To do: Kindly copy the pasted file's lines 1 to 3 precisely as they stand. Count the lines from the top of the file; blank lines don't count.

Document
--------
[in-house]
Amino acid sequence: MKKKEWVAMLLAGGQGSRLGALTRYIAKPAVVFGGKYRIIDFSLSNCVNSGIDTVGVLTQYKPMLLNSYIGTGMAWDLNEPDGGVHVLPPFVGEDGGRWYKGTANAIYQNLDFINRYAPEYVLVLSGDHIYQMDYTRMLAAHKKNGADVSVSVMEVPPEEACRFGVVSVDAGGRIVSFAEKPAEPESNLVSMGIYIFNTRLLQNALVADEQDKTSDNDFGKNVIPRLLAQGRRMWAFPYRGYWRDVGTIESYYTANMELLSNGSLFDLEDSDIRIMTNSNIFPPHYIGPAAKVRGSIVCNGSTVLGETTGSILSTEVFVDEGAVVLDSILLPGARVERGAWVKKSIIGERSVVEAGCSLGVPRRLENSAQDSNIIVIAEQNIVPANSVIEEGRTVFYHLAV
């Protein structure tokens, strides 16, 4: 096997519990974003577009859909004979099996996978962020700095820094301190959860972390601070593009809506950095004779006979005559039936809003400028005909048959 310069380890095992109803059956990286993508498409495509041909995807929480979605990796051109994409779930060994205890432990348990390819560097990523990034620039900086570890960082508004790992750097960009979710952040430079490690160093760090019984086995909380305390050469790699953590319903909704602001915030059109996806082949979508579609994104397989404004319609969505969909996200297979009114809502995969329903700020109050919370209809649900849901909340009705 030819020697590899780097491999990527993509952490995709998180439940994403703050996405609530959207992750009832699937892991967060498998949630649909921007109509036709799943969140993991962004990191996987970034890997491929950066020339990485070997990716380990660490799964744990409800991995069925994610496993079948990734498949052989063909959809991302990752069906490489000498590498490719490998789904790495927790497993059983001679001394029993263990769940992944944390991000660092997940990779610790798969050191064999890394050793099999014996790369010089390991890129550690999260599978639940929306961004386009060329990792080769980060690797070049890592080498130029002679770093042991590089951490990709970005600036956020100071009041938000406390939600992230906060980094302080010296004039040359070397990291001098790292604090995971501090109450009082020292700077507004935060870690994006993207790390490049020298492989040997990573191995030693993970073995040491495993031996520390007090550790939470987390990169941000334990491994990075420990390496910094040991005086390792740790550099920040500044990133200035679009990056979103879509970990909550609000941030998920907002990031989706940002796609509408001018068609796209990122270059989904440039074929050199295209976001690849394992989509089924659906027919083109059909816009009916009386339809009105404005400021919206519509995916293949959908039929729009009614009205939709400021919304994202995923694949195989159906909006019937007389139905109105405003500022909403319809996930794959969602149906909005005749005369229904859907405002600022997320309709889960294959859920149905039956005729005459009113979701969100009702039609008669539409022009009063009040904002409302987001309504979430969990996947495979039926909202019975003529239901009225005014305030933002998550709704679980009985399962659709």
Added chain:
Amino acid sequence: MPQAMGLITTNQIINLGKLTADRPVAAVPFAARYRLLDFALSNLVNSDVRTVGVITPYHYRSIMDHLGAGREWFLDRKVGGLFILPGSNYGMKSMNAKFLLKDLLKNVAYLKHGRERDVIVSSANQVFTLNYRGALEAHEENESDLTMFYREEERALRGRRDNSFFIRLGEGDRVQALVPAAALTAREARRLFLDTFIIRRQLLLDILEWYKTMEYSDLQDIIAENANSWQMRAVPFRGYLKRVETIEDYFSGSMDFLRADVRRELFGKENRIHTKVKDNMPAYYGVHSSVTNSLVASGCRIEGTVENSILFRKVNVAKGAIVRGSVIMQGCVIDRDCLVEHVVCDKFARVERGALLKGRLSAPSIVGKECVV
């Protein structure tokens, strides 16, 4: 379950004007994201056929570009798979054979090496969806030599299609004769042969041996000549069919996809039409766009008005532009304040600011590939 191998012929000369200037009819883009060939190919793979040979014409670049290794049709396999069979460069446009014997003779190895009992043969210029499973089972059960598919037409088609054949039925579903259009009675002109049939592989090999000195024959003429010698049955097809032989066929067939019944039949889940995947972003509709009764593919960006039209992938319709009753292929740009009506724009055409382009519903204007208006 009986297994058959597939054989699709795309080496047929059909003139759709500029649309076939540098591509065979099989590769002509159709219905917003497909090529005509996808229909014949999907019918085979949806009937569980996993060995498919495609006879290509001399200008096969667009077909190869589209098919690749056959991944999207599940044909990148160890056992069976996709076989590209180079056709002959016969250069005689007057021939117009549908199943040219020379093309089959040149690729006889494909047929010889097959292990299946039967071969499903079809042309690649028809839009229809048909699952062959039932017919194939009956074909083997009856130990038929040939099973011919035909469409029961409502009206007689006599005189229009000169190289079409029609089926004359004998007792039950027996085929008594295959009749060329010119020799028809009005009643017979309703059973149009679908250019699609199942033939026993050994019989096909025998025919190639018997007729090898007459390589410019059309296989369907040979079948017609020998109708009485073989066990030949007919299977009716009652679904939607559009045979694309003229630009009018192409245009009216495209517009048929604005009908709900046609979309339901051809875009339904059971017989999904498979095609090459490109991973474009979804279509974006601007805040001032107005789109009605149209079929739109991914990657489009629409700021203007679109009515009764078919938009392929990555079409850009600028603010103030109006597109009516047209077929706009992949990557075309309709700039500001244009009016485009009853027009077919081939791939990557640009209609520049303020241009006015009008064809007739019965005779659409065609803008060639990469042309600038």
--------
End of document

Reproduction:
[in-house]
Amino acid sequence: MKKKEWVAMLLAGGQGSRLGALTRYIAKPAVVFGGKYRIIDFSLSNCVNSGIDTVGVLTQYKPMLLNSYIGTGMAWDLNEPDGGVHVLPPFVGEDGGRWYKGTANAIYQNLDFINRYAPEYVLVLSGDHIYQMDYTRMLAAHKKNGADVSVSVMEVPPEEACRFGVVSVDAGGRIVSFAEKPAEPESNLVSMGIYIFNTRLLQNALVADEQDKTSDNDFGKNVIPRLLAQGRRMWAFPYRGYWRDVGTIESYYTANMELLSNGSLFDLEDSDIRIMTNSNIFPPHYIGPAAKVRGSIVCNGSTVLGETTGSILSTEVFVDEGAVVLDSILLPGARVERGAWVKKSIIGERSVVEAGCSLGVPRRLENSAQDSNIIVIAEQNIVPANSVIEEGRTVFYHLAV
């Protein structure tokens, strides 16, 4: 096997519990974003577009859909004979099996996978962020700095820094301190959860972390601070593009809506950095004779006979005559039936809003400028005909048959 310069380890095992109803059956990286993508498409495509041909995807929480979605990796051109994409779930060994205890432990348990390819560097990523990034620039900086570890960082508004790992750097960009979710952040430079490690160093760090019984086995909380305390050469790699953590319903909704602001915030059109996806082949979508579609994104397989404004319609969505969909996200297979009114809502995969329903700020109050919370209809649900849901909340009705 030819020697590899780097491999990527993509952490995709998180439940994403703050996405609530959207992750009832699937892991967060498998949630649909921007109509036709799943969140993991962004990191996987970034890997491929950066020339990485070997990716380990660490799964744990409800991995069925994610496993079948990734498949052989063909959809991302990752069906490489000498590498490719490998789904790495927790497993059983001679001394029993263990769940992944944390991000660092997940990779610790798969050191064999890394050793099999014996790369010089390991890129550690999260599978639940929306961004386009060329990792080769980060690797070049890592080498130029002679770093042991590089951490990709970005600036956020100071009041938000406390939600992230906060980094302080010296004039040359070397990291001098790292604090995971501090109450009082020292700077507004935060870690994006993207790390490049020298492989040997990573191995030693993970073995040491495993031996520390007090550790939470987390990169941000334990491994990075420990390496910094040991005086390792740790550099920040500044990133200035679009990056979103879509970990909550609000941030998920907002990031989706940002796609509408001018068609796209990122270059989904440039074929050199295209976001690849394992989509089924659906027919083109059909816009009916009386339809009105404005400021919206519509995916293949959908039929729009009614009205939709400021919304994202995923694949195989159906909006019937007389139905109105405003500022909403319809996930794959969602149906909005005749005369229904859907405002600022997320309709889960294959859920149905039956005729005459009113979701969100009702039609008669539409022009009063009040904002409302987001309504979430969990996947495979039926909202019975003529239901009225005014305030933002998550709704679980009985399962659709």